There is a wide range of noise sources that exist in even the most benign lab environments. There are natural sources of noise, which are native to the environment and man-made sources of noise, which are often unavoidable. Some noise sources are hard to characterize as belonging to either category.
- VIBRATION: seismic movement, building sway
- ACOUSTIC: wind, ocean waves
- EMI: solar events, Earth’s magnetic field
- THERMAL: daily variation
- VIBRATION: pumps and other machinery, foot traffic, vehicle traffic, moving parts within instrument, construction, mining operations
- ACOUSTIC: human voices, pumps and other machinery, wind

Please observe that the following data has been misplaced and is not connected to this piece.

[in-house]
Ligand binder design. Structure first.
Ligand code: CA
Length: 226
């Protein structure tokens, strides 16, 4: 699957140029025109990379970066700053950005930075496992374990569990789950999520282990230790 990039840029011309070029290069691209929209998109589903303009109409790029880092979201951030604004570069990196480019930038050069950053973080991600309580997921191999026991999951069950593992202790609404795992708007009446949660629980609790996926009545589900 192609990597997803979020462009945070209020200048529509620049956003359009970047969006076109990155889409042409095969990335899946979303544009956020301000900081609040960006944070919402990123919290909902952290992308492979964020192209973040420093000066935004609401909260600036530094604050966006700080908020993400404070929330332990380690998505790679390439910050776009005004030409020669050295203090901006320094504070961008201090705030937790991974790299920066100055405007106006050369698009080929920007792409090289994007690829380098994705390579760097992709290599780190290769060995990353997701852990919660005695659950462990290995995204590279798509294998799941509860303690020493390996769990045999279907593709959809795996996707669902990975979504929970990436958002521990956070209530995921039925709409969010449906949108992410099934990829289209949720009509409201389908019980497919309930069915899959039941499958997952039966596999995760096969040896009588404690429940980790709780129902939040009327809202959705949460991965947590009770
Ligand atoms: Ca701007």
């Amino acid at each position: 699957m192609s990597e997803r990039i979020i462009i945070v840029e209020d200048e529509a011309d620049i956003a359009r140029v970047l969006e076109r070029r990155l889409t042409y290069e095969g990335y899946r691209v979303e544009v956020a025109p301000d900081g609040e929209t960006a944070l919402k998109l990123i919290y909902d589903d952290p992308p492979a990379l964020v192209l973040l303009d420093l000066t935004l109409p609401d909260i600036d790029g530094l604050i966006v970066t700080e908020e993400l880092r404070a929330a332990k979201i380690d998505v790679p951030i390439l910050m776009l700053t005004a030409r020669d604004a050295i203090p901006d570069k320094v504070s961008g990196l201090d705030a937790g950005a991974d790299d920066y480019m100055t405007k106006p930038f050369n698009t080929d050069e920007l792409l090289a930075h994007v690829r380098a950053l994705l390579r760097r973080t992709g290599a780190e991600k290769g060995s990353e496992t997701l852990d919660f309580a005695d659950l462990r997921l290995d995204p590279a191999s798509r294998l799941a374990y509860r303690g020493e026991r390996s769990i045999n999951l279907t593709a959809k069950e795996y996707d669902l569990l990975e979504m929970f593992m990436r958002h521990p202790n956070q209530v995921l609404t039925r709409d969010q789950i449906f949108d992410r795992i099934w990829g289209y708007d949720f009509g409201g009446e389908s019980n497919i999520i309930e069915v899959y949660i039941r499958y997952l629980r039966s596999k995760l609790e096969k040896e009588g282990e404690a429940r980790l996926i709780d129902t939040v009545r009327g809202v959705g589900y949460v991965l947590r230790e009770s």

- EMI: traffic, elevators, MRI machines, HVAC equipment, radio communication
- Electrical noise can also cause EMI signatures to negatively effect instruments in a lab. These sources include: insufficient grounding, line noise, and noise floor constraints.
- THERMAL: daily variation, man-made heat sources, body heat
OTHER SOURCES OF NOISE
- Air currents, dust and particulate, sample contamination, gas/atmospheric variation, and more!
The categories below go into more detail of the primary noise sources most commonly found in a lab environment.